NATO drills signal iron-clad resolve

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NATO allied forces have significantly increased their presence and stepped up military training operations at the National Armed Forces (NBS) base in Ādaži this week, reported defense sector news portal Thursday.

The US Army’s First Cavalry Division arrived in the port of Ventspils Wednesday, landing five Abrams tanks and 12 Bradley armored combat vehicles to take part in the operation Atlantic Resolve. The formidable force also known as ‘Ironhorse’ made its way along the Kurzeme highway toward the base on Riga’s northeastern outskirts, where it will be replacing the US airborne brigade that had been deployed at Ādaži.

The heavy gear will be used in the joint Atlantic Resolve exercises planned amongst the allies, as well as for the operations Combined Resolve II, Saber Strike, Rapid Trident and Saber Guardian.

"The purpose is to be a very visible demonstration of commitment to our allies," Captain John Farmer, public affairs officer for the Ironhorse, formal designation of the 1st Brigade Combat Team, 1st Cavalry Division told Reuters news agency.

"We may take slightly longer to deploy than lighter forces, but there's nothing like a tank if you really want to achieve effect."

The U.S. military says it is the first time it has had to ship armoured reinforcements to Europe since the end of the Cold War at the start of the 1990s.

Down on the ground, there are no plans to send Ironhorse troops and tanks right up to Russia's border. But officials say that is as much down to practical considerations about churning up roads and causing disruption as to any diplomatic factors.

"Everyone loves tanks," said U.S. Army Capt Farmer. "But they can make a real mess."

U.S. troops and tanks will deploy across the three Baltic states in the next two weeks on a mission designed to deliver an unmistakeable message of NATO resolve to Moscow.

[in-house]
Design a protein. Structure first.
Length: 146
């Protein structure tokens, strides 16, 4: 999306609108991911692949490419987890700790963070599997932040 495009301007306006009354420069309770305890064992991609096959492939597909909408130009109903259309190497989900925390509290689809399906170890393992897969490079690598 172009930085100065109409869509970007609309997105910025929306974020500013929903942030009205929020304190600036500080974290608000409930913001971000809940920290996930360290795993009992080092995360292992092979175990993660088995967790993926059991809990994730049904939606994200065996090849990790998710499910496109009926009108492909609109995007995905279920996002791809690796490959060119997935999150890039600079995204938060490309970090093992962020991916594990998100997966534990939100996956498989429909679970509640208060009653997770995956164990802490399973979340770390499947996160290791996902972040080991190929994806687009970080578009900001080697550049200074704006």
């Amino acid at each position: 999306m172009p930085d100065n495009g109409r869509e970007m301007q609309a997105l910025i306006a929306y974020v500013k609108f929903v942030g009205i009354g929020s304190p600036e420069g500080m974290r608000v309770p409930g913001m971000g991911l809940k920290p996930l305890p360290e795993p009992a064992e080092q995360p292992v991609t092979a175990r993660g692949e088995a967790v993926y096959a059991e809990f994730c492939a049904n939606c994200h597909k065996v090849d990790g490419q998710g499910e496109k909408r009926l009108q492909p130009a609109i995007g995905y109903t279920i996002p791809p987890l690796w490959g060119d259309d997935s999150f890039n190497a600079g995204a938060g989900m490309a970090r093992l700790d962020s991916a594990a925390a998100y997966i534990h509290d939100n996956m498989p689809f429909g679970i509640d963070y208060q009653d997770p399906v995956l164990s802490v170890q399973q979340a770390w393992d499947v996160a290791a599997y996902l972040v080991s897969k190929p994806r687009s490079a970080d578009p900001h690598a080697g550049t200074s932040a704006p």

Meanwhile the Silver Arrow exercise, which launched on Monday and lasts until October 6, involved the largest number of British soldiers ever to participate in a drill in Latvia. The large-scale drill is meant to improve integration of soldiers between different national battalions, thus the British forces will work under Latvian command this week and vice versa.

“For a soldier this is the sort of exercise, where we have the chance to understand each other and how we would operate together if ever required to. It gives everybody confidence, that if we were ever required to conduct the collective defence we would be well positioned to do so,” Colonel Hamish Cormack, Commander of 2nd Battalion Duke of Lancaster's Regiment told

Also this week, on Tuesday and Wednesday the The Baltic Region Training Event 19 (BRTE 19) focused on training interoperability and cooperation between NATO and Partnership for Peace (PfP).

On 30 September and 1 October, ten aircraft from five NATO nations trained together at Amari Airbase in Estonia with a total of six fighters from PfP members Finland and Sweden on how to cooperate in different aerial scenarios. The training was supported by a NATO Airborne Warning and Control System (AWACS) plane and a US Air Force tanker aircraft.

For six years, this training event has taken place in the Baltic States three times a year. Due to the augmentation of NATO’s Baltic Air Policing (BAP) forces in spring this year, it was possible during BRTE 19 to draw on more flying assets already deployed in the region to ensure diverse training scenarios.

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